Feb 26, 2013 15:44 UTC

Euro zone must change to allow Italy to reform

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By Pierre Briançon

The author is a Reuters Breakingviews columnist. The opinions expressed are his own.

The downside of democracy is that people take it seriously. The Italians have spoken, in their effervescent, yet rather clear way. Europe’s powers-that-be are sorry that the “pro-reform parties” didn’t win a governing majority in Rome. The vote has opened weeks of political uncertainty the country could do without. Whatever its next government, and no matter how stable it proves, Italy will pay a price if it fails to reform.

Feb 26, 2013 05:21 UTC

Wage subsidy could blunt Singapore’s edge

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By Andy Mukherjee

(The author is a Reuters Breakingviews columnist. The opinions expressed are his own)

Singapore’s government hopes that new subsidies for low-wage workers will fix two problems: pressure on company profits, and income inequality. But in doing so, it will just create new problems later on.

Feb 25, 2013 14:55 UTC

Moody’s shaming brings UK gain in currency war

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By Ian Campbell

The author is a Reuters Breakingviews columnist. The opinions expressed are his own.

The only question had been which rating agency would shoot first. Moody’s did the deed, removing the UK’s triple-A rating on Friday. It is a political humiliation for the UK government, but the downgrade also removes that lingering expectation of being gunned down. The irony is that the humbling may help the UK achieve recovery sooner – and without firing another monetary policy shot in the currency wars.

Feb 25, 2013 07:42 UTC

Asia’s property taxes are covert capital controls

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By Peter Thal Larsen

The author is a Reuters Breakingviews columnist. The opinions expressed are his own.

Asia’s city-states are experimenting with a new form of capital controls: property taxes. In its latest effort to cool the market, Hong Kong has hiked stamp duty for real-estate transactions, apart from those that involve local first-time buyers. Discriminating against foreign speculators may distort the market and have limited success in constraining prices. Yet its popular appeal is clear.

Feb 21, 2013 08:13 UTC

Southeast Asia’s growth could lead to credit curbs

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By Andy Mukherjee

(The author is a Reuters Breakingviews columnist. The opinions expressed are his own)

Southeast Asia’s heady debt-fuelled growth is beginning to resemble the unsustainable mid-1990s boom. But authorities are shy to raise interest rates as doing so could attract more overseas capital, stoking inflation and financial instability. Direct curbs on credit and capital flows may prove more attractive.

Feb 20, 2013 08:59 UTC

China’s next debt crisis will be a local affair

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By John Foley

(The author is a Reuters Breakingviews columnist. The opinions expressed are his own)

China’s next credit crisis may be a local affair. A recent suggestion of setting up local bailout funds reflects the fact that it’s no longer big banks that present the biggest risks, but towns and regions. The elaborate ties between local borrowers, lenders and governments could make future credit problems both chaotic – and concentrated.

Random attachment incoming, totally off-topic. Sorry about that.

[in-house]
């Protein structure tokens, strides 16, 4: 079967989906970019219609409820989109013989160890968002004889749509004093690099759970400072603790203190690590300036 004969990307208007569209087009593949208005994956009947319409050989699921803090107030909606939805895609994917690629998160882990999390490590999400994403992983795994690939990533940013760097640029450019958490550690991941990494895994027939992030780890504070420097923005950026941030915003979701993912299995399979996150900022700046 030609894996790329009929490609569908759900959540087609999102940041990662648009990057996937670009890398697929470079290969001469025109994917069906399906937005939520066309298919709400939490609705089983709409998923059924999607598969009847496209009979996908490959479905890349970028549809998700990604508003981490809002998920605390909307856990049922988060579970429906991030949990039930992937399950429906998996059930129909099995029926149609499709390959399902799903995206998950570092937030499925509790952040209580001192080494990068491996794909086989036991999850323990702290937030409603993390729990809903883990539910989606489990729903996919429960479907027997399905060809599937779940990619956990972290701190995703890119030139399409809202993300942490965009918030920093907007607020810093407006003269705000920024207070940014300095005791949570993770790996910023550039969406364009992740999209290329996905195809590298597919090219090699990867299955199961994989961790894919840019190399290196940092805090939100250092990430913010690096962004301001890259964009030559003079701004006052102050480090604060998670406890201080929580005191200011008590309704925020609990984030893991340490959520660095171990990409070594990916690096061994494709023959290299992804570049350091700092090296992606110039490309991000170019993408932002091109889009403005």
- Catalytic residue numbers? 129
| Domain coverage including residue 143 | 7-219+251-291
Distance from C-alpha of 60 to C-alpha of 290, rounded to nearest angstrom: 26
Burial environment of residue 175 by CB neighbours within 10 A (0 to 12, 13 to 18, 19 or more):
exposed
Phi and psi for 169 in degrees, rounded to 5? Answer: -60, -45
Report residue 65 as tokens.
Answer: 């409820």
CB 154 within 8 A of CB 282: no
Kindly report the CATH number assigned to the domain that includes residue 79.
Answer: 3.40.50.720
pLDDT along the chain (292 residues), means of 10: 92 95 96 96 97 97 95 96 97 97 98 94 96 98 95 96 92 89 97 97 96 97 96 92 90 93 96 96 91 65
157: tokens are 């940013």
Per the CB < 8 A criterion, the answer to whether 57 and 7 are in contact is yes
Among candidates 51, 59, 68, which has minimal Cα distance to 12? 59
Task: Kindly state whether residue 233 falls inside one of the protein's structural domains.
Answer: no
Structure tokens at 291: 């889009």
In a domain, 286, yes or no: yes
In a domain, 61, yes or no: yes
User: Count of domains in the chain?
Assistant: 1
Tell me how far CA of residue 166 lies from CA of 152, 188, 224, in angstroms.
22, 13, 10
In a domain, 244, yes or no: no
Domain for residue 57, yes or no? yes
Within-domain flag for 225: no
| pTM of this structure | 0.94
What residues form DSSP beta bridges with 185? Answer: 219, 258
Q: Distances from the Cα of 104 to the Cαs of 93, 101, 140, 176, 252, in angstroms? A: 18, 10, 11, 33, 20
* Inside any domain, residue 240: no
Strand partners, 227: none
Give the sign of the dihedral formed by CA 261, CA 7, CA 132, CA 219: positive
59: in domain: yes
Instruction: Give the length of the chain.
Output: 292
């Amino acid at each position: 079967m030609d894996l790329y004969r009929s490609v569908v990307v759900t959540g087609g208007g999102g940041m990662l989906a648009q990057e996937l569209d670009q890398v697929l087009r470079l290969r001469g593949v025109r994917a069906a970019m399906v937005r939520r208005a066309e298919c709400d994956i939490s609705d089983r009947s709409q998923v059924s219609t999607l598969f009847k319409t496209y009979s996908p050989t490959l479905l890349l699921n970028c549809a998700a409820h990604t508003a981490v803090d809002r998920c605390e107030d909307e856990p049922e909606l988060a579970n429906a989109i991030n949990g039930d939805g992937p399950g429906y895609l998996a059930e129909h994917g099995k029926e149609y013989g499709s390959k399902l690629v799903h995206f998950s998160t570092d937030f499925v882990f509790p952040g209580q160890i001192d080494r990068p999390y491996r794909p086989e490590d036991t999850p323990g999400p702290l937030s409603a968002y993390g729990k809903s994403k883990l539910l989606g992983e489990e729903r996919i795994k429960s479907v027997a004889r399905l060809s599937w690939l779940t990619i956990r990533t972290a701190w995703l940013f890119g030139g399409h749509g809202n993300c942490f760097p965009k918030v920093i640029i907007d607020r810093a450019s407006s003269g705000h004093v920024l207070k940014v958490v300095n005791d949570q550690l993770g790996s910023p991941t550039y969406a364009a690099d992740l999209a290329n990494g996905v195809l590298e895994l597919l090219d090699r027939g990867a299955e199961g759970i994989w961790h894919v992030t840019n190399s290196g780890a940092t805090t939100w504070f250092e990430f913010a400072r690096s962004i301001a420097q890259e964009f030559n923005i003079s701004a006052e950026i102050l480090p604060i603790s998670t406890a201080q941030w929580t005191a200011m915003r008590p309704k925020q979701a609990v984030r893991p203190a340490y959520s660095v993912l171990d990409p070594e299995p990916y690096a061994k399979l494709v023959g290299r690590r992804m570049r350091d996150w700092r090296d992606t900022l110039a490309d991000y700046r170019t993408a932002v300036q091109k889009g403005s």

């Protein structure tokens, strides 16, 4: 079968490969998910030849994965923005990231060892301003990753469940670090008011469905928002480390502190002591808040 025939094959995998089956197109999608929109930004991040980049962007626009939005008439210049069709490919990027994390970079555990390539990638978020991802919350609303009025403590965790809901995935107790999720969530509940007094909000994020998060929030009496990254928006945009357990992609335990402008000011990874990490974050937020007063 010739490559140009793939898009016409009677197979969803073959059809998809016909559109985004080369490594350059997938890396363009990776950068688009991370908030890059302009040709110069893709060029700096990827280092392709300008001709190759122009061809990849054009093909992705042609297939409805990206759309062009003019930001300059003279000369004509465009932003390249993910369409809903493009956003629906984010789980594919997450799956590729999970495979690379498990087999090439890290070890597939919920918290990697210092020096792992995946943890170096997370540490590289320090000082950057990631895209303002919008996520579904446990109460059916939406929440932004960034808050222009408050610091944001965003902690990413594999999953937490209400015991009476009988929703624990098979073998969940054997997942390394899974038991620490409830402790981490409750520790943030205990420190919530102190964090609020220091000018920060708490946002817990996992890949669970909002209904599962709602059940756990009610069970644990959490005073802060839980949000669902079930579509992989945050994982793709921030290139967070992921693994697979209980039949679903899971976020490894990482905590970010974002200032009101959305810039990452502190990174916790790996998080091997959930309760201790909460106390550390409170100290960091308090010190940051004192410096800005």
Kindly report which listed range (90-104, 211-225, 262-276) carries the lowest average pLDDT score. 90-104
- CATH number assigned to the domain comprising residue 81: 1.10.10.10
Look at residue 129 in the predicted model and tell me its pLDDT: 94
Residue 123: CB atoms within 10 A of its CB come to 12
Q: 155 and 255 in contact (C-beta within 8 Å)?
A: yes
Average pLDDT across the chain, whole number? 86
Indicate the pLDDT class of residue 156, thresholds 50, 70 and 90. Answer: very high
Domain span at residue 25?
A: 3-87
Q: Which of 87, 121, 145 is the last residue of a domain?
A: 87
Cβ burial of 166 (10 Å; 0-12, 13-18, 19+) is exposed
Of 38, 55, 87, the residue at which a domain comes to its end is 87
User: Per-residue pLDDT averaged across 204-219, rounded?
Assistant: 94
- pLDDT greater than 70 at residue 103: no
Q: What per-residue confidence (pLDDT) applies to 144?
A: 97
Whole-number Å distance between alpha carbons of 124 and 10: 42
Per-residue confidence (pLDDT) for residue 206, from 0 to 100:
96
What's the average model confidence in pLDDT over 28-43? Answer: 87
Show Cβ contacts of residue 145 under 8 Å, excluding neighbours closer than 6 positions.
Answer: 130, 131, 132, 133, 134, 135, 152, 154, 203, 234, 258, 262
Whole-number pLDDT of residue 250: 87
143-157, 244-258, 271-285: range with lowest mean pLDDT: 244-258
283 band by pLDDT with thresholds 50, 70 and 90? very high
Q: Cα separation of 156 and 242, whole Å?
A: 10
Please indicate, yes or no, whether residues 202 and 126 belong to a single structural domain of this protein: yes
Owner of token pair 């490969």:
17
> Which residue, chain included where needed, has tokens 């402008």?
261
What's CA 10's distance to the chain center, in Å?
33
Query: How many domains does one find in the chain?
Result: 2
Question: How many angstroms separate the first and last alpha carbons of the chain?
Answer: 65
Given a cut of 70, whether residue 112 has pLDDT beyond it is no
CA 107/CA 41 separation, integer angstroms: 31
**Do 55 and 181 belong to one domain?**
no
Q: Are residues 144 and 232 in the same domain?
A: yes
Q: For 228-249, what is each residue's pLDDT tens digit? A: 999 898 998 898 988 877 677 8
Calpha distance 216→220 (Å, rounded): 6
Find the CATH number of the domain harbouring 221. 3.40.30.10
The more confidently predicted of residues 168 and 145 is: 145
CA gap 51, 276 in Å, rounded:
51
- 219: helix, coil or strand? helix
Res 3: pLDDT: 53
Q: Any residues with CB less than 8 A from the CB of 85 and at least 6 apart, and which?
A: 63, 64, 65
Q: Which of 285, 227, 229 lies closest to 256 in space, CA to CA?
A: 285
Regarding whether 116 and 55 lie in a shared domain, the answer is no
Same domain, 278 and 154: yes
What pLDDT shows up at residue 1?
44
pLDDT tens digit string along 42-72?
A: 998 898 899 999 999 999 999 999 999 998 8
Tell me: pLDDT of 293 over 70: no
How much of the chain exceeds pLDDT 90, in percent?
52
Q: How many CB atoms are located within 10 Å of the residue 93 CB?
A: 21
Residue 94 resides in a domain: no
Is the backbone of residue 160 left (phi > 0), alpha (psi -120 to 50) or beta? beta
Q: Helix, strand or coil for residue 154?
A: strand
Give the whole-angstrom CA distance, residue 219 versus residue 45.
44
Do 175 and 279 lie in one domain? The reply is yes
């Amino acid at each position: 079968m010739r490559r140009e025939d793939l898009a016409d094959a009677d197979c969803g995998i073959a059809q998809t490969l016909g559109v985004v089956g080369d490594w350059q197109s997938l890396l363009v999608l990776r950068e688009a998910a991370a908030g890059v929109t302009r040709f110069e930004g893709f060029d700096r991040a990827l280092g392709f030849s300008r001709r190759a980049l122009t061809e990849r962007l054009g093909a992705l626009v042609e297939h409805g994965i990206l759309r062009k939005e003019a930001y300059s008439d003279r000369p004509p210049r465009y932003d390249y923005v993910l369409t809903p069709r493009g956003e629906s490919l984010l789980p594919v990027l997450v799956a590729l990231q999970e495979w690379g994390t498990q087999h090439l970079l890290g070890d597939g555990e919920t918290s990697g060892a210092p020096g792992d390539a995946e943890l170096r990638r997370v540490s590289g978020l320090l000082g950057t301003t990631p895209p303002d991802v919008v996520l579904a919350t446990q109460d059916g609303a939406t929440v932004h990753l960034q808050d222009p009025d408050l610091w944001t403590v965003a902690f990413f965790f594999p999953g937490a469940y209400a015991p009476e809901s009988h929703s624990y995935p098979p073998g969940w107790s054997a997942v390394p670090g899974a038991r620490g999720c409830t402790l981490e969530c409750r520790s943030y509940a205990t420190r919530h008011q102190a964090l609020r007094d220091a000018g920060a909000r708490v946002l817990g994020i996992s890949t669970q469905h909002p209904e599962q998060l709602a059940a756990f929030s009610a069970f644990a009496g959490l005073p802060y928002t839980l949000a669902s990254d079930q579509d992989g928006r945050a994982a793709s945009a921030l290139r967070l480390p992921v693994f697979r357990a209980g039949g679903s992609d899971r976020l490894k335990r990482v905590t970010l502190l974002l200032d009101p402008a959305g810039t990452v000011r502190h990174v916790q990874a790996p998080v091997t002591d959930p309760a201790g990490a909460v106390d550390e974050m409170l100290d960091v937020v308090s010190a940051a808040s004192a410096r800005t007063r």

COMMENT

China is riding a wave that when it breaks will be far worse than what happened to the United States which leads me to wonder how it will ripple like be for us? They hold some heavy credit on us from what limited knowledge that I have? Thank you.

Posted by vtyankee14 | Report as abusive
Feb 15, 2013 08:00 UTC

Review: The real story of Bo Xilai’s ruin

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By Peter Thal Larsen

(The author is a Reuters Breakingviews columnist. The opinions expressed are his own)

Sometime in the next few months, Bo Xilai is expected to stand trial in the most high-profile political prosecution in China for over three decades. The former Chongqing party chief, once a contender to join the inner core of China’s leadership, stands accused of corruption, abuse of power and – more prosaically – “improper sexual relations” with women.

Feb 14, 2013 07:45 UTC

Next BOJ chief should accept monetisation

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By Andy Mukherjee

The author is a Reuters Breakingviews columnist. The opinions expressed are his own.

The Bank of Japan has a morbid fear of directly financing fiscal deficits. But this “no monetisation” creed sits ill with the $1 trillion or so of public debt – roughly a fifth of the Japanese GDP and about 14 percent of the net outstanding public debt – which it has already turned into money. The next BOJ governor, who will take over when the incumbent Masaaki Shirakawa steps down on March 19, should be more realistic.

Feb 12, 2013 12:02 UTC

Interview questions for the new BOJ chief

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By Andy Mukherjee

The author is a Reuters Breakingviews columnist. The opinions expressed are his own.

Japanese Prime Minister Shinzo Abe’s war on deflation will soon have a new general. A hard-charging Bank of Japan governor with strong conviction and oodles of savvy could help bring Abe’s plan to fruition.

Feb 6, 2013 07:42 UTC

Dividend reform won’t fix China SOE money-go-round

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By John Foley

(The author is a Reuters Breakingviews columnist. The opinions expressed are his own)

China’s elaborate money-go-round starts and ends with its cash-hoarding state-owned enterprises. So a plan to make them pay bigger dividends sounds promising. Still, if the goal is to return cash to the people, there is a long way to go.